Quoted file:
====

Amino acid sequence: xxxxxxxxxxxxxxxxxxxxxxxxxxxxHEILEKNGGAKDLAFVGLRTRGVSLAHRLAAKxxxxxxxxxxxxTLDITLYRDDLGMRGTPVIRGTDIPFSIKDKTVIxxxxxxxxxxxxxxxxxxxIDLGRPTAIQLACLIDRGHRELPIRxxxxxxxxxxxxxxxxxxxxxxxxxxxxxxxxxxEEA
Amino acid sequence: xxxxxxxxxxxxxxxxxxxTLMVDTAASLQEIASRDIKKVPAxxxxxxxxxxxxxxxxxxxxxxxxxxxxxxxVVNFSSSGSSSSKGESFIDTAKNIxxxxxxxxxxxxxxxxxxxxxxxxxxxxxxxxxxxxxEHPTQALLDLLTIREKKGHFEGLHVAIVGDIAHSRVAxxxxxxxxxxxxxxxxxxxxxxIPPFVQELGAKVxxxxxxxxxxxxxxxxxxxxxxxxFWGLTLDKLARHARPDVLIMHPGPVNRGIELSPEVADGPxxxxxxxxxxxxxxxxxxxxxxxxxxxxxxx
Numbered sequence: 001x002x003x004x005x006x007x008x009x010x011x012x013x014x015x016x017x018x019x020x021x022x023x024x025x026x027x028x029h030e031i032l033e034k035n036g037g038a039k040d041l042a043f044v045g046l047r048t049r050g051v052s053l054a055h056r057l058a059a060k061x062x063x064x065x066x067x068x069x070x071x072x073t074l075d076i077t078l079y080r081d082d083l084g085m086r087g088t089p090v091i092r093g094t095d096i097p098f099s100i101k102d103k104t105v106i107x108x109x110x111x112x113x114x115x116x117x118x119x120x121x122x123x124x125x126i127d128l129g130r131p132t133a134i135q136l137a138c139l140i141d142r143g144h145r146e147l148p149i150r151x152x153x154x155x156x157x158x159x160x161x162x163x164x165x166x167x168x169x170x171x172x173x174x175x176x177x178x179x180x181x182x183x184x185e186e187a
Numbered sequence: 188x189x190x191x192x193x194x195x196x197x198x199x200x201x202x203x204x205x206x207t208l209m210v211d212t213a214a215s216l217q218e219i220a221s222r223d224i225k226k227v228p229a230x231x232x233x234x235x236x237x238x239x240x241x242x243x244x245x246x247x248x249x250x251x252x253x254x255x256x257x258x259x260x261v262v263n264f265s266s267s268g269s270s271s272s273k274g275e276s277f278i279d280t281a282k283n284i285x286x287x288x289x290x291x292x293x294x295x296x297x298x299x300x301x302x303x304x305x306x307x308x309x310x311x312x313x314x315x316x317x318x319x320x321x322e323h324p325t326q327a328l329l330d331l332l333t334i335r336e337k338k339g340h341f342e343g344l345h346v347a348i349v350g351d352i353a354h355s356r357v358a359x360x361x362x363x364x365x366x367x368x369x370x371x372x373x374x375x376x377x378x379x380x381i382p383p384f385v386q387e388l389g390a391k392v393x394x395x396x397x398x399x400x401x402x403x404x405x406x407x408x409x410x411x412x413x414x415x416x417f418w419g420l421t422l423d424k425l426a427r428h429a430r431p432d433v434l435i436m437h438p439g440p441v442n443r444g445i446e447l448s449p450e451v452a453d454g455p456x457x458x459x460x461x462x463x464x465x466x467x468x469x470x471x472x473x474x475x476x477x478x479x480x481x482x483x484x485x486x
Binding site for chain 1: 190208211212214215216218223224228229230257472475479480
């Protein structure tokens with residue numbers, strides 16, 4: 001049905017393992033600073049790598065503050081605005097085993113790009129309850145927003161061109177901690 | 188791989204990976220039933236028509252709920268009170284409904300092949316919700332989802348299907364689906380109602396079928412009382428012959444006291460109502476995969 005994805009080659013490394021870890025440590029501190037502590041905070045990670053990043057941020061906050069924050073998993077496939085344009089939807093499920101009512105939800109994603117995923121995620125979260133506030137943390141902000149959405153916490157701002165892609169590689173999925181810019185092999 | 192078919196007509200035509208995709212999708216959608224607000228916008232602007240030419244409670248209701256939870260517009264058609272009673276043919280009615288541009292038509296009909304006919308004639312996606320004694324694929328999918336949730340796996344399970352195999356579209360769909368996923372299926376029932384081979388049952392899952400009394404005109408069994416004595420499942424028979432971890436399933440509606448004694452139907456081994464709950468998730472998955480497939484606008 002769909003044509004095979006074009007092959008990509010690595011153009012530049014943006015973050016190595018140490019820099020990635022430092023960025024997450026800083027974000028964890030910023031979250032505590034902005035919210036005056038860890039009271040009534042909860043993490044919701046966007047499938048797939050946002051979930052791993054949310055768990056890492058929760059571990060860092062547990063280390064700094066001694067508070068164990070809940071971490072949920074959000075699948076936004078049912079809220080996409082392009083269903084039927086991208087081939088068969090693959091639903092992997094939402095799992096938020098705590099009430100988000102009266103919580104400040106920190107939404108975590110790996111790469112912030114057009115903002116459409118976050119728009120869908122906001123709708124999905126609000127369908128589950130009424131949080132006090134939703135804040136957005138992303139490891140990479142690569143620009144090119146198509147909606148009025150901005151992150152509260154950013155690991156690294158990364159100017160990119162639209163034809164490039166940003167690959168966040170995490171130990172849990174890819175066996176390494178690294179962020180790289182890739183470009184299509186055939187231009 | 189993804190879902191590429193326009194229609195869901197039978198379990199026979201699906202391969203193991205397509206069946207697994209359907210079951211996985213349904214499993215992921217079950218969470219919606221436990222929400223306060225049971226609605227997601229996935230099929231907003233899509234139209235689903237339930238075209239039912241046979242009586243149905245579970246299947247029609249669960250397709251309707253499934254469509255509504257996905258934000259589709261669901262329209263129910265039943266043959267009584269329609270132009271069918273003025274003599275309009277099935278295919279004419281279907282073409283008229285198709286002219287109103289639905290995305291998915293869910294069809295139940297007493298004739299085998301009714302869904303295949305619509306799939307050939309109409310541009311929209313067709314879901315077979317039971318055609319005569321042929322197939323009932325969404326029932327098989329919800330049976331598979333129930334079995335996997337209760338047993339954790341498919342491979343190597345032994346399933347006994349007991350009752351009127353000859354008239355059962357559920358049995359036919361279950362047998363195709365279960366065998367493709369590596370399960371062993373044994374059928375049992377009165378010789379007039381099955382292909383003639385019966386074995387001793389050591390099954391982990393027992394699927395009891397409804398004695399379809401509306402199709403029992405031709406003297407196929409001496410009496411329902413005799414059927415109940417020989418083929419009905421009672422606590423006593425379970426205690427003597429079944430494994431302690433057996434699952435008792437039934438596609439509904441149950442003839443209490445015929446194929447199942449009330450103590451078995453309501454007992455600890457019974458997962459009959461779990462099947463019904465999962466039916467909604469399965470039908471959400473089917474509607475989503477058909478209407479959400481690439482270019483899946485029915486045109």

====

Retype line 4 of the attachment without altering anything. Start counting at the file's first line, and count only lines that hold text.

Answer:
Numbered sequence: 188x189x190x191x192x193x194x195x196x197x198x199x200x201x202x203x204x205x206x207t208l209m210v211d212t213a214a215s216l217q218e219i220a221s222r223d224i225k226k227v228p229a230x231x232x233x234x235x236x237x238x239x240x241x242x243x244x245x246x247x248x249x250x251x252x253x254x255x256x257x258x259x260x261v262v263n264f265s266s267s268g269s270s271s272s273k274g275e276s277f278i279d280t281a282k283n284i285x286x287x288x289x290x291x292x293x294x295x296x297x298x299x300x301x302x303x304x305x306x307x308x309x310x311x312x313x314x315x316x317x318x319x320x321x322e323h324p325t326q327a328l329l330d331l332l333t334i335r336e337k338k339g340h341f342e343g344l345h346v347a348i349v350g351d352i353a354h355s356r357v358a359x360x361x362x363x364x365x366x367x368x369x370x371x372x373x374x375x376x377x378x379x380x381i382p383p384f385v386q387e388l389g390a391k392v393x394x395x396x397x398x399x400x401x402x403x404x405x406x407x408x409x410x411x412x413x414x415x416x417f418w419g420l421t422l423d424k425l426a427r428h429a430r431p432d433v434l435i436m437h438p439g440p441v442n443r444g445i446e447l448s449p450e451v452a453d454g455p456x457x458x459x460x461x462x463x464x465x466x467x468x469x470x471x472x473x474x475x476x477x478x479x480x481x482x483x484x485x486x